September 15, 2009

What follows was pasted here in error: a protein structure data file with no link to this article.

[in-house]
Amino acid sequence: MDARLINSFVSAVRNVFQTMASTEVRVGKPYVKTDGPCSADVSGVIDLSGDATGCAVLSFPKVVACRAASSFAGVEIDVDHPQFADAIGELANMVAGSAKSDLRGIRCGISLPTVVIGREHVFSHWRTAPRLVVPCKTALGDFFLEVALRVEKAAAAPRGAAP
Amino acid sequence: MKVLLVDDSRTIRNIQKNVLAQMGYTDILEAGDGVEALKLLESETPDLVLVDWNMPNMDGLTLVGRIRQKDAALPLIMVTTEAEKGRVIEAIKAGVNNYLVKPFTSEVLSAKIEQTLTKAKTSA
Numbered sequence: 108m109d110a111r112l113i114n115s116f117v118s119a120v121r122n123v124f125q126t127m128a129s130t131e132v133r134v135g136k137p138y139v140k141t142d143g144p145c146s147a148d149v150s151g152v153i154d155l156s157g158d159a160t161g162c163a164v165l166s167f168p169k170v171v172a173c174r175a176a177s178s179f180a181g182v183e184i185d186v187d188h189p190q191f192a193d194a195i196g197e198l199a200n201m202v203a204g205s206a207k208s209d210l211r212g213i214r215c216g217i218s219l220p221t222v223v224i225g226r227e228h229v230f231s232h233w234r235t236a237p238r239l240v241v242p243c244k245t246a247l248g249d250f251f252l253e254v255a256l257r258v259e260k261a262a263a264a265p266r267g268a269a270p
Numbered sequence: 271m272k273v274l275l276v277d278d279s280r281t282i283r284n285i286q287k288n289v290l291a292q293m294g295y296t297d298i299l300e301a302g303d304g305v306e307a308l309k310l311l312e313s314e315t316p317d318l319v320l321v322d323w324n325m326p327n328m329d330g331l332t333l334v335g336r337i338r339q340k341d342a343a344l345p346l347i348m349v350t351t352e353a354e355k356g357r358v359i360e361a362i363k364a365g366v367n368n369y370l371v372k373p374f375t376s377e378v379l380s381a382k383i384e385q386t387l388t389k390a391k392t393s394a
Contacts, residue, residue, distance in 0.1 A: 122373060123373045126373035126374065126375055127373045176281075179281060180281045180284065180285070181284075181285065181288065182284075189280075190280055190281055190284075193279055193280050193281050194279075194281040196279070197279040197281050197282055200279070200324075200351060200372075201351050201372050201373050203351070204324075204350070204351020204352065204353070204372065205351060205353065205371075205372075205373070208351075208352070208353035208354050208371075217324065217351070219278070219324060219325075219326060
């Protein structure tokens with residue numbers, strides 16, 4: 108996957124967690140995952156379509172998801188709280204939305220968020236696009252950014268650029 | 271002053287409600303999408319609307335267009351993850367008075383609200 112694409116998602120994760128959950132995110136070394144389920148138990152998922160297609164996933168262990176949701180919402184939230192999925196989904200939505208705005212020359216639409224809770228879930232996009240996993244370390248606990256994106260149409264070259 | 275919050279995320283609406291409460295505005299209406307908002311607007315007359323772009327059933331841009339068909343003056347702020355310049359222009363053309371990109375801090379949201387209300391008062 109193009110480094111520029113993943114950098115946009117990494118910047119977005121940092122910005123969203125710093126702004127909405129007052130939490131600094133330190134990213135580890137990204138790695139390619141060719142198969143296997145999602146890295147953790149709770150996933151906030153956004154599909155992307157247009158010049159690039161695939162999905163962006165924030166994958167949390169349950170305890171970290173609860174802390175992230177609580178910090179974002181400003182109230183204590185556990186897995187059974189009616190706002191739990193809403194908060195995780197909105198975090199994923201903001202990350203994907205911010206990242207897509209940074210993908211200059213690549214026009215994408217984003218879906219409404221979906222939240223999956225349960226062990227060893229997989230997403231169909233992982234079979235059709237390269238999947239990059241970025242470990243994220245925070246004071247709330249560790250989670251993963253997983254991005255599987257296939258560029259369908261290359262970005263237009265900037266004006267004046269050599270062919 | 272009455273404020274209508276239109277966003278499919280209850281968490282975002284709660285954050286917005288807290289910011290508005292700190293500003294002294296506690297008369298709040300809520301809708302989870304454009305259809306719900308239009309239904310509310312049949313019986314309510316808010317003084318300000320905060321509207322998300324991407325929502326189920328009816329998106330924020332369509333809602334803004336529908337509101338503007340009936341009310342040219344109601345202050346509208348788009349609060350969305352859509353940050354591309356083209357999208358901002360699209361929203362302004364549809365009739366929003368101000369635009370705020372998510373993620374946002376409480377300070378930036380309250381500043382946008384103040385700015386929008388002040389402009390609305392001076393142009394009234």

Health care. We got it. Then there are those unlucky wretches who happen to have pre-existing conditions: obesity, arthritis, diabetes, depression, pregnancy – really anything short of acute head trauma is grounds for disqualification from most American health insurance programs. The remaining few crazy enough to actually provide insurance coverage for people with pre-existing conditions charge rates just slightly less than the actual medical treatment itself costs. Generally, people with pre-existing conditions are the lepers of the insurance world (and, by the way, leprosy is a pre-existing condition). Why shouldn’t they be? No insurer wants some obese, diabetic, depressed, pregnant chick pissing all over its actuarial tables. That’s no way to make a fast buck. On the other hand, you can’t exactly march all the pre-existing condition cases out to a shallow grave in the woods and pop a cap in the back of their heads either. The bleeding hearts ruined that gambit for Hitler, so there’s no reason to believe they wouldn’t ruin it for Humana too. If Hitler had succeeded, however, his master race would have dressed up German actuarial tables nicely. Imagine what a nation of ruddy-cheeked Aryan Übermenschen would do for health insurers’ profits – especially if they were somehow conned into believing that their health insurance premiums weren’t artificially inflated. Attractive an idea as it may seem, using genocide to fleece up the gene pool is not without its problems. There’s corpse disposal, grieving relatives, and all the lost revenue for the health care industry. More importantly, if you start offing the old and the sick and the feeble-minded, where do you draw the line? Genetic purification is a sticky moral wicket to say the least. Do you start with the coma patients? People on respirators? Dialysis machines? Asthma nebulizers? If you really think about it, old people in general put a huge strain on the health care system. Maybe if you instituted an age limit … sort of like Logan’s Run? You could start modestly at first – maybe say that anyone over the age of 65 gets sent to the woods for “renewal.” If you’re worried about the Rolling Stones, don’t sweat it; they’re English. England loves it some old people. Case in point: Benny Hill. Here in America we’re into youth. We like hairless genitals; smooth skin; svelte, glistening physiques; brash confidence; inexperience and ignorance. People over the age of 65 are sorely lacking in all these qualities (at least let’s pray the Sun City spa isn’t overbooked for Brazilian waxes), so why should we let them drag down the finest health care system in the world? Make no mistake, insurance companies and their greedy shareholders are not driving up the cost of health care; old people are. Old people and the chronically ill are driving this country toward bankruptcy, and the only two choices are Obama’s death panels or spending even more on health insurance and crippling our already fragile economy. There is no other way … well, except for the health care systems in Japan, Italy, Canada, France, Germany, Switzerland, and the United Kingdom. Maybe some Congress members should put in a few long-distance phone calls. Maybe somehow we could come up with a health care plan that covers all Americans for two-thirds of the cost we pay right now – like France. Maybe America could spend some of that extra money on things like drug abuse – which, depending on your health plan, is probably a pre-existing condition. Until then, those with chemical dependencies have to get support and treatment where they can. Fortunately there are organizations like the Palmer Drug Abuse Program, which provides free support for teenagers dealing with chemical dependency. Tonight at Antone’s the Mother Truckers are playing a benefit concert for the Palmer Drug Abuse Program. $10 gets you into the show and gives you an opportunity to help out local youth and, in a broader sense, the overly expensive but ailing American health care system. Remember: It’s either your charity or Obama’s death panels. There is no other way.